In 1999, Father Steve Wolf became our new pastor. Around this time our diocese as well as the nation began to experience the decline in priestly vocations. Also, our weekend Masses were once again almost at capacity. A Feasibility Task Force was established to look at our parish, diocese, and the community at large to see if a new church building was something we needed and could afford. The group consensus was that with the growth in Mt. Juliet and the possibility that some day we may not be able to have four Masses on a weekend, a new church building was indeed inevitable. A Master Site Plan was established followed by the design of a new church building. In 2002, there were 1060 registered families.
Breaking ground for the new building took place in the fall of 2006, and clearing of the land came soon after that. The new church building was dedicated on February 2, 2008, with Bishop David Choby as the celebrant. The building was designed by Fowlkes and Associates and American Constructors constructed the building at a cost of $5.5 million. The new church connects with the old church by way of a vestibule containing a large entry space, two sacristies (one for the sacristans and one for the clergy), and two restrooms. The main space, where all of out liturgical celebrations take place, is roughly 11,900 square feet and will comfortably seat 1000 people at one time. The Adoration Chapel adjoins the church on the north side and is open 24 hours a day.The old church space is available for parish activities, especially on Sunday mornings for coffee and donuts, the Stewardship Fair, Art Fair, and other functions.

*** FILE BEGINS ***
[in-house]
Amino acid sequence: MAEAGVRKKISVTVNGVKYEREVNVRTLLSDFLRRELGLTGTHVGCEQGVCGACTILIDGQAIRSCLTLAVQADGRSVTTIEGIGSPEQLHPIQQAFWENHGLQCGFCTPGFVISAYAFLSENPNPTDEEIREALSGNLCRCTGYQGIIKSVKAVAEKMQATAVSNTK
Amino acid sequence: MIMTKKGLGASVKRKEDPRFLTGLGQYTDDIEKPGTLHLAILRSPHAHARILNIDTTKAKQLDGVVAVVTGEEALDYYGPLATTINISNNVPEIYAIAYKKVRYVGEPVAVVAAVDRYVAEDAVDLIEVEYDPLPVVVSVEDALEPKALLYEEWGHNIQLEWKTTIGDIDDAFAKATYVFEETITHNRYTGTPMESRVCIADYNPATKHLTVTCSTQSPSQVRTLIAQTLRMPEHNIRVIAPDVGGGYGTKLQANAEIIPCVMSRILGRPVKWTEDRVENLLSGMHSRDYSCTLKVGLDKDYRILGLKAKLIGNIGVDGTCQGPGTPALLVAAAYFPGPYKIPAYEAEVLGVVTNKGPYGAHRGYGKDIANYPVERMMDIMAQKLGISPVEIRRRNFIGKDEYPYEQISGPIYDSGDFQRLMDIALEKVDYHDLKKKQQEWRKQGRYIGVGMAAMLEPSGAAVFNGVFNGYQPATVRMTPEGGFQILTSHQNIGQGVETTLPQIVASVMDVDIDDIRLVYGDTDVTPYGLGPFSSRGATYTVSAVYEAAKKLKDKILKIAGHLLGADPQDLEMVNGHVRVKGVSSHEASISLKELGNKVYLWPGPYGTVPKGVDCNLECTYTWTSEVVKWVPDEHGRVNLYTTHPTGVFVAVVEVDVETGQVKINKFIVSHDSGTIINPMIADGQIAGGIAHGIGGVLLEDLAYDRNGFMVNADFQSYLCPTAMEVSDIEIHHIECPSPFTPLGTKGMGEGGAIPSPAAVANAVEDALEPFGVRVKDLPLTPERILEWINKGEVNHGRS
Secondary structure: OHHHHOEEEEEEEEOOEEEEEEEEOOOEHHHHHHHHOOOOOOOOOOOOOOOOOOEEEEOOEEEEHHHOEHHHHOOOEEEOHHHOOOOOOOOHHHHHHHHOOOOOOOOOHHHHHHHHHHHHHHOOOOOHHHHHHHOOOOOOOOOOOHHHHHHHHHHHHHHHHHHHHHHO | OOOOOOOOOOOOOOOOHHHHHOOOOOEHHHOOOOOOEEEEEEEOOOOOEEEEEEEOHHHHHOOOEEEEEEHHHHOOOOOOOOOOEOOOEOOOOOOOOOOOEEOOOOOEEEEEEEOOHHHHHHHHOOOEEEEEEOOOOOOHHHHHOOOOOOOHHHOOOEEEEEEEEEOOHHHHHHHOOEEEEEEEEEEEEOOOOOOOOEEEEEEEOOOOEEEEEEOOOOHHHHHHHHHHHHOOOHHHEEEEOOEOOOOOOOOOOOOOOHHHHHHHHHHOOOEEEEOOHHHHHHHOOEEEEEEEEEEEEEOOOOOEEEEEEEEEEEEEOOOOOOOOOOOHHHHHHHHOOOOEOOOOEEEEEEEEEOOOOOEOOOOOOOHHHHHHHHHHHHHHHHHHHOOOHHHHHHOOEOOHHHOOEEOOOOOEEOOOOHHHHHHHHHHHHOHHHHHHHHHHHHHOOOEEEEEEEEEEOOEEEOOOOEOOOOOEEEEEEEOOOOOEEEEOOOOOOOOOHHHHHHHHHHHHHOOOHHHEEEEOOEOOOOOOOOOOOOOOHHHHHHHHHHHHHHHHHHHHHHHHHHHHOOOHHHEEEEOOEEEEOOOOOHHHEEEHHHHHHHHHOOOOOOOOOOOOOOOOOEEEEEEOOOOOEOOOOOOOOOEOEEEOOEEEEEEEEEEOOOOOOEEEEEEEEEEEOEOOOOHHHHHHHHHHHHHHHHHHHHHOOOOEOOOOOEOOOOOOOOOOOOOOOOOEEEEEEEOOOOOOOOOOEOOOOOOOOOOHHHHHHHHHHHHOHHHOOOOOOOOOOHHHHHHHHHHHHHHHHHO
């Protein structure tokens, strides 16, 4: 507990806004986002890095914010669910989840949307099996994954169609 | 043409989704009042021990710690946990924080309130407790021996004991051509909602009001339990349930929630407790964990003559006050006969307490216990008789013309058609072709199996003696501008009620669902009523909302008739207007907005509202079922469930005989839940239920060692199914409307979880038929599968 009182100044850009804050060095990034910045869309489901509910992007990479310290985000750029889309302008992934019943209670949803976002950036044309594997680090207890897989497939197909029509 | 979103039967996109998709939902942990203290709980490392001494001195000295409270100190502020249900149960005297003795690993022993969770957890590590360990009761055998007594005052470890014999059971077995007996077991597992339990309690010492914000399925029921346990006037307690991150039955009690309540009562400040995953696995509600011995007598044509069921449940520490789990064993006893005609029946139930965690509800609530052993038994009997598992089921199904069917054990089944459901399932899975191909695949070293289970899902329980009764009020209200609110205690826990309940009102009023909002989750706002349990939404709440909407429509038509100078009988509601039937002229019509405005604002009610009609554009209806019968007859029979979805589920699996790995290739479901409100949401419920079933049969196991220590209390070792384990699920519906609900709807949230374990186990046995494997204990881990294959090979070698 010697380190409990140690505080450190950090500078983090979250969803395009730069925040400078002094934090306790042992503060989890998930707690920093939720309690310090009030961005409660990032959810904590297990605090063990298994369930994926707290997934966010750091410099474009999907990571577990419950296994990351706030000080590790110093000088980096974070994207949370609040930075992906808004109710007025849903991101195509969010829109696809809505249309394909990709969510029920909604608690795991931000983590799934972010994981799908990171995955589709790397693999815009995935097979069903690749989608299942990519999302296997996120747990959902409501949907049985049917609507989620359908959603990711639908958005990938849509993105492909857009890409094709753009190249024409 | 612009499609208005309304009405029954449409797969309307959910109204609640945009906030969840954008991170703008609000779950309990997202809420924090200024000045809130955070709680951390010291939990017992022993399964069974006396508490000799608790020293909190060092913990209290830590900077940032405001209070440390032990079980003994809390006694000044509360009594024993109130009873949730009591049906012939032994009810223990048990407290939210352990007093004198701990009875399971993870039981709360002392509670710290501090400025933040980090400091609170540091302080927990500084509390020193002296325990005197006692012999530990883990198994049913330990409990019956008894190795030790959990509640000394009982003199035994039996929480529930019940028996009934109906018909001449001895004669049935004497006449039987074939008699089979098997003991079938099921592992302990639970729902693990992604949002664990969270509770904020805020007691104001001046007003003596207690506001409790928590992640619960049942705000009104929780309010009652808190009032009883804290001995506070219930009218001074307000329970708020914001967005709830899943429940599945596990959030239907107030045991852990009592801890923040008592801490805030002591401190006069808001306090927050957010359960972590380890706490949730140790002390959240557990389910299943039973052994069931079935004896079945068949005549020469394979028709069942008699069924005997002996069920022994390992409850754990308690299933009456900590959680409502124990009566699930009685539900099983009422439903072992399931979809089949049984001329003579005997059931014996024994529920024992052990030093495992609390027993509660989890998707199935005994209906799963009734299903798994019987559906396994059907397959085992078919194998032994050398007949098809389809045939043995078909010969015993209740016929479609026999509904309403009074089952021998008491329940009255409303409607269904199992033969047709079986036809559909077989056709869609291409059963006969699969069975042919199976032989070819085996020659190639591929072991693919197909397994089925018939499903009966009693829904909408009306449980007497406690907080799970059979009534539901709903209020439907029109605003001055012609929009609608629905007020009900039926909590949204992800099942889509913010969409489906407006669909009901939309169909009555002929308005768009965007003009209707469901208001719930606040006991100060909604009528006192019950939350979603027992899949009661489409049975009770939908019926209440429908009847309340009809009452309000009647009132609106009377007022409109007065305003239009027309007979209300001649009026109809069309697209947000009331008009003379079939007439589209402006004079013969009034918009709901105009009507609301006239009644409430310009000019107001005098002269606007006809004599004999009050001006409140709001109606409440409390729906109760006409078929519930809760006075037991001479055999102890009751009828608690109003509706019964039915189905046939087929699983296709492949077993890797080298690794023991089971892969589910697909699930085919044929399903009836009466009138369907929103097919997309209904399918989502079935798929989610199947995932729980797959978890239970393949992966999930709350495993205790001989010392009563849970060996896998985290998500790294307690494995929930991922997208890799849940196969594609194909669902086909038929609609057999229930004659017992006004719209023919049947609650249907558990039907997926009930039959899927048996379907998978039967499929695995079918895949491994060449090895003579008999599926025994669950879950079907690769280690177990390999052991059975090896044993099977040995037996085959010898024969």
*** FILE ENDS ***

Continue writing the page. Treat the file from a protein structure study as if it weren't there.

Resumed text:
Moving Forward in Faith
In July, 2009, Father Pat Kibby was reassigned as pastor of our parish.
We are proud to be a part of this vibrant community of 1,422 families. We have beautiful, well-maintained buildings and grounds and hope that in the next year we can be debt-free. The people of St. Stephen have a sense of belonging to a welcoming, caring, and active community as evidences in our many parish ministries.
The Holy Family Center
The Holy Family Center was designed by Thomas & Miller Architects and constructed in 1979. The upper level contains parish offices, the parish library, and eight religious education classrooms.
In the lower level is the Assembly Hall, a versatile gathering area used for meals, receptions, and meetings; the Lounge, which adjoins the Hall; and the parish kitchen. Parishioners can rent the Assembly Hall for private gatherings. For more information contact the parish office at (615) 758-2424.